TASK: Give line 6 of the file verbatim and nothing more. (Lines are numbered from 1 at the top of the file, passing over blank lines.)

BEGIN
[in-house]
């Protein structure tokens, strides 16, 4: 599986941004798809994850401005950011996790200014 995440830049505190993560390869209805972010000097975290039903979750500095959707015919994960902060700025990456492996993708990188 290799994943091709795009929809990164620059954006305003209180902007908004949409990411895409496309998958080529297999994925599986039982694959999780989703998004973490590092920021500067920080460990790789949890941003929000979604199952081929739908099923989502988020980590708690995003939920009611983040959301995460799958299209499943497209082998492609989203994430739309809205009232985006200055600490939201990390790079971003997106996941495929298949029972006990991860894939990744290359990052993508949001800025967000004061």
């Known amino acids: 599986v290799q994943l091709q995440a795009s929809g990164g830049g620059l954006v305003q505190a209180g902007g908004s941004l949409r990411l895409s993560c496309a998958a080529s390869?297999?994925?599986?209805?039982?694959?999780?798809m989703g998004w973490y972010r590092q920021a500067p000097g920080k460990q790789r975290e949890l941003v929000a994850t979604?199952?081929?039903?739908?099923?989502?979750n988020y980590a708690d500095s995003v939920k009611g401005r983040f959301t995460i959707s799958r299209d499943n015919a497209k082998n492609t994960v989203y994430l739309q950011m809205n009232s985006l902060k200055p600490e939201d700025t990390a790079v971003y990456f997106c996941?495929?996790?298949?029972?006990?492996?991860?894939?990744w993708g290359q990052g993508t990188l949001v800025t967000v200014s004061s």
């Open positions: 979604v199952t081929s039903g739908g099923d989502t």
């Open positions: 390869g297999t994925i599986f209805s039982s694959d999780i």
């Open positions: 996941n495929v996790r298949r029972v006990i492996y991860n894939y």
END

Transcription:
């Open positions: 996941n495929v996790r298949r029972v006990i492996y991860n894939y």